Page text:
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VOLUME 21, NO. 1 Spring 2003


Tracking Woodland Bats
Weyerhaeuser Studies Bats in Commercial Forests
Darren A. Miller

Leslie gently clipped the fur between the shoulder blades of a nervous female red bat. After exposing a small patch of skin, she applied a dab of surgical glue and snugged down a radio transmitter smaller than a shirt button. Then we wrapped the bat in a soft cloth and let it rest for about 20 minutes. When we were sure the bat was fully recovered and the radio transmitter firmly attached, we released her to fly off into the forest night. Thus was the little bat dispatched on her scientific mission.

The scene was repeated 46 times in the hot, humid summer nights of eastern Mississippi during 2000 and 2001. Leslie Welch, a graduate student at Mississippi State University, was studying how eastern red bats (Lasiurus borealis) adapt to managed pine forests.

Most research on America’s forest-dwelling bats has involved older, unmanaged woodlands, but many of the nation’s forests now are commercially managed, with different environments than those found in older woods.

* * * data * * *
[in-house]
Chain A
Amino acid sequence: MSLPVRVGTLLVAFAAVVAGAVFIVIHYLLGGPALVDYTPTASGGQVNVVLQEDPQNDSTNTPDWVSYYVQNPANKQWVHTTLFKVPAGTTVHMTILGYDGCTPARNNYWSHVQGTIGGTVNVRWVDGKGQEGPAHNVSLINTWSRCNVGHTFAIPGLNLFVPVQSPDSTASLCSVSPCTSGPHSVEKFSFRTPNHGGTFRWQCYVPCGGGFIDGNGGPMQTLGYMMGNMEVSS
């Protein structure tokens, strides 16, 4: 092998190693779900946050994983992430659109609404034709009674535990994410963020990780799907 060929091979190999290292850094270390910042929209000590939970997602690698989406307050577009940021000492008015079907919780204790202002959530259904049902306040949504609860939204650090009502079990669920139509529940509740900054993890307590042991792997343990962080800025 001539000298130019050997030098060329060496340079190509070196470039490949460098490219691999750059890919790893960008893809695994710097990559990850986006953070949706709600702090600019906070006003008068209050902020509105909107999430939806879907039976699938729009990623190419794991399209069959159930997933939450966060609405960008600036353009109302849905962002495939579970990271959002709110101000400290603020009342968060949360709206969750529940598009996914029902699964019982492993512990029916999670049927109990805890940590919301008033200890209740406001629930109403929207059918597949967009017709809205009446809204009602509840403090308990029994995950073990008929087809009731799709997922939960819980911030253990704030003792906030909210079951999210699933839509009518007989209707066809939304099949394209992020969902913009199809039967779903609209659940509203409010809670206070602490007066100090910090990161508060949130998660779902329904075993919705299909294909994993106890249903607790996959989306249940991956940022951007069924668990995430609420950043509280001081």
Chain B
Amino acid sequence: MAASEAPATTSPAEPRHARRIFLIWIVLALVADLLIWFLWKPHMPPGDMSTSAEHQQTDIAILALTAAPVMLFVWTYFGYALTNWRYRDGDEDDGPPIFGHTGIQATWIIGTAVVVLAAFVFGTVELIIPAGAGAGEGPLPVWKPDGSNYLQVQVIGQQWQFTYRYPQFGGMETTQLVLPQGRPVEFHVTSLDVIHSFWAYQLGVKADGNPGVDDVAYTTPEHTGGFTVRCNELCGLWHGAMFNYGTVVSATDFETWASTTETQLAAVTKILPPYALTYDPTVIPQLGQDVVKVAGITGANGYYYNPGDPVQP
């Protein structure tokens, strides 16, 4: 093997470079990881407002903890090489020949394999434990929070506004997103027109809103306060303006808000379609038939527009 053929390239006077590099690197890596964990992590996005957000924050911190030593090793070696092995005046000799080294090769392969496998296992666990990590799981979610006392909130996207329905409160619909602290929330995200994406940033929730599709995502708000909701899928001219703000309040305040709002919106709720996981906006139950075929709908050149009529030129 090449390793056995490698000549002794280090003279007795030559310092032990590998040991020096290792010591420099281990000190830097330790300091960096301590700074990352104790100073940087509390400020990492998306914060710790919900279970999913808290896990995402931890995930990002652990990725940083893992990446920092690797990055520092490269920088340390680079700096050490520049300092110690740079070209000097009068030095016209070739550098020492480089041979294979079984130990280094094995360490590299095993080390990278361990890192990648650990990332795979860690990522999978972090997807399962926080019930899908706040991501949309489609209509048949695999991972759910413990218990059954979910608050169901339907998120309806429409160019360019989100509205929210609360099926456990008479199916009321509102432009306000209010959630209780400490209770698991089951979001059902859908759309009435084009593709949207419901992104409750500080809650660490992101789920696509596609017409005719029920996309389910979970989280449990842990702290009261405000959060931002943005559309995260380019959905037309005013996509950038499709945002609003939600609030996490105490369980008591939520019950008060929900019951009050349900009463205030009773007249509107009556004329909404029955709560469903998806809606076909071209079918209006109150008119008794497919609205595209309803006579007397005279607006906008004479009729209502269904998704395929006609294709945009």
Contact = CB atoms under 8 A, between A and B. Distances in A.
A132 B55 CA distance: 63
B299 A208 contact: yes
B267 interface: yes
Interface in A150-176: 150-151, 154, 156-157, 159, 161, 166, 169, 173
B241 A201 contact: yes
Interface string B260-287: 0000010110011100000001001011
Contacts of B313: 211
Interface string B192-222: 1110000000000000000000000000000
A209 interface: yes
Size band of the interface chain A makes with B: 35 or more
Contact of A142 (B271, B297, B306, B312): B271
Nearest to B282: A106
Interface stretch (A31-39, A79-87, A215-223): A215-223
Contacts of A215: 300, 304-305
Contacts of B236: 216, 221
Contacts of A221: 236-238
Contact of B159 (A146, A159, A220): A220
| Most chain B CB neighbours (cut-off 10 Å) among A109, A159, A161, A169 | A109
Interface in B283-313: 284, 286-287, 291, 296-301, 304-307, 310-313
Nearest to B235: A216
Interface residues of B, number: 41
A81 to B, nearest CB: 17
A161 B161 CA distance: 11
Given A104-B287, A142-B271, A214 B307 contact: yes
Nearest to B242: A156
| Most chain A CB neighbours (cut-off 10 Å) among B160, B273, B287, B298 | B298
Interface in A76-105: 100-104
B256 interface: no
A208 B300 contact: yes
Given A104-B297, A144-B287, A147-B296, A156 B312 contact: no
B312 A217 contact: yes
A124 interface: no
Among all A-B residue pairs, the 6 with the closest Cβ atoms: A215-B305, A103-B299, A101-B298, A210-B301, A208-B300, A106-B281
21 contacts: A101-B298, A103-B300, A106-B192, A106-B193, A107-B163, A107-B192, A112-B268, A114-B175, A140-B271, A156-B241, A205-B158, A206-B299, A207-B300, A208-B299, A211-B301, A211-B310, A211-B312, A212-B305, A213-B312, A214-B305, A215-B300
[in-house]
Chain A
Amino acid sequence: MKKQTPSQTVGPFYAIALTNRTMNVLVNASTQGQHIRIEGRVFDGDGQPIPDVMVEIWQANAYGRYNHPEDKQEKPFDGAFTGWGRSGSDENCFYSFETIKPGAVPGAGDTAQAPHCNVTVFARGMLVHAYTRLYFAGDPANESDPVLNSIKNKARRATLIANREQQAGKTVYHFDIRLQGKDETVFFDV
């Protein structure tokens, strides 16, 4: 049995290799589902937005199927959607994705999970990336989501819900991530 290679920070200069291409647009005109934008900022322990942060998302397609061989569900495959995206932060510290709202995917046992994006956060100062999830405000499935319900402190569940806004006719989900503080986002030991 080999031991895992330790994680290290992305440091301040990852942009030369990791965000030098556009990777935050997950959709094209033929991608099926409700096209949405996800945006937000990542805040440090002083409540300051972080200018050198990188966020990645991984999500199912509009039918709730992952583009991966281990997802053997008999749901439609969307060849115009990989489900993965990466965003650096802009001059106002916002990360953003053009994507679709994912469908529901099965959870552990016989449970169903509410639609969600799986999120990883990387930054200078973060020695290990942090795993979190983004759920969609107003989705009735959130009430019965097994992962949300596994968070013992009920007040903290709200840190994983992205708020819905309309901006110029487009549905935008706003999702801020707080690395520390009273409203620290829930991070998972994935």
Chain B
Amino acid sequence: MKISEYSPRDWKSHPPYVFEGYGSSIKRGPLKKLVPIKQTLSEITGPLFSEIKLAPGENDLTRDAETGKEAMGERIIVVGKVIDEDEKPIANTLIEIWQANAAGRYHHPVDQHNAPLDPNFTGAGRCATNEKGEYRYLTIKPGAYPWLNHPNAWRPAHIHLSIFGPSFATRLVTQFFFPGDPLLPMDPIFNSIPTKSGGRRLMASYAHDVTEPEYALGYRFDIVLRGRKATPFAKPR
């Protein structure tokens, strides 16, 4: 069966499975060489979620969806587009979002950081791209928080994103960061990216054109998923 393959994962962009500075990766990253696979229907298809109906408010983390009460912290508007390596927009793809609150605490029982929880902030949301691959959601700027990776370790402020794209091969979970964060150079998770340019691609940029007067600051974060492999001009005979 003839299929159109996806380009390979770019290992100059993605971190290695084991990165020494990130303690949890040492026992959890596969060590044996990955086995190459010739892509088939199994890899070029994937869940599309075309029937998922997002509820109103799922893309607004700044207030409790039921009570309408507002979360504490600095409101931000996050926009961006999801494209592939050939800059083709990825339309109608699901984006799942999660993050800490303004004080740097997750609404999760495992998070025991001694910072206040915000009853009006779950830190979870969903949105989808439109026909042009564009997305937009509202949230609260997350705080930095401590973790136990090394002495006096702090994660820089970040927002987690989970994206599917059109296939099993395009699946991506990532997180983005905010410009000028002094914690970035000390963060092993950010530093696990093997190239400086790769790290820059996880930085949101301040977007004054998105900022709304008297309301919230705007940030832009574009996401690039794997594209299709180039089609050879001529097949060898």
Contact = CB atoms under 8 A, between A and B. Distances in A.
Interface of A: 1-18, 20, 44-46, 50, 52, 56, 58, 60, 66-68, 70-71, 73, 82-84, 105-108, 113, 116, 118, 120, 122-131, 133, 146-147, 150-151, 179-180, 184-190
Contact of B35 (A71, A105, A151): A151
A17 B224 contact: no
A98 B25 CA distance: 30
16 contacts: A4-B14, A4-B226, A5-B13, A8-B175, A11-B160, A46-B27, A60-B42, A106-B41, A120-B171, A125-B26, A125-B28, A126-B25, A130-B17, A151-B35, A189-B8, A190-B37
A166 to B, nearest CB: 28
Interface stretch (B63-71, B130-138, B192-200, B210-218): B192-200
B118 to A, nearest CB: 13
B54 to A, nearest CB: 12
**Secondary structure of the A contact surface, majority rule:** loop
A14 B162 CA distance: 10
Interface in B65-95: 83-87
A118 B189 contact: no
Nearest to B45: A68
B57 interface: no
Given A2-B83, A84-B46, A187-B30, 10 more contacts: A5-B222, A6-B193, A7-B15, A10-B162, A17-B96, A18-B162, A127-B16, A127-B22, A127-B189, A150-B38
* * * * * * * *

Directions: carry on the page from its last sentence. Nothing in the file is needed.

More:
This research, supported by Weyerhaeuser Company, BCI, and others, is designed to learn how well bats adapt to managed forests, and how those forests can best be managed for both timber and bats. Welch’s work was guided by Francisco Vilella of the Cooperative Fish and Wildlife Research Unit in MSU’s Department of Wildlife and Fisheries, and me, Weyerhaeuser’s Southern Wildlife Program Manager.

Similar scenes were repeated last summer (and will be again this year), but this time the student is Adam Miles of the University of Georgia, the forests are in southwest Georgia, and we are radiotagging evening bats (Nycticeius humeralis). Principal investigators of this continuing program are myself, Steven Castleberry of the University of Georgia, and Mike Conner of the Joseph W. Jones Ecological Research Center.

When I joined Weyerhaeuser as a wildlife biologist about five years ago, virtually nothing was known about bat ecology within managed pine forests of the southeastern United States, although bats are obviously an important component of forest ecosystems. I decided to start collecting basic data on bats and spent several years catching them.

This work documented six species of bats: eastern red bat, Seminole bat (Lasiurus seminolus), hoary bat (Lasiurus cinereus), southeastern myotis (Myotis austroriparius), evening bat, and eastern pipistrelle (Pipistrellus subflavus) in our managed forests of eastern Mississippi. More than 80 percent of female bats that found their way into my mist nets were lactating, an indication of successful reproduction.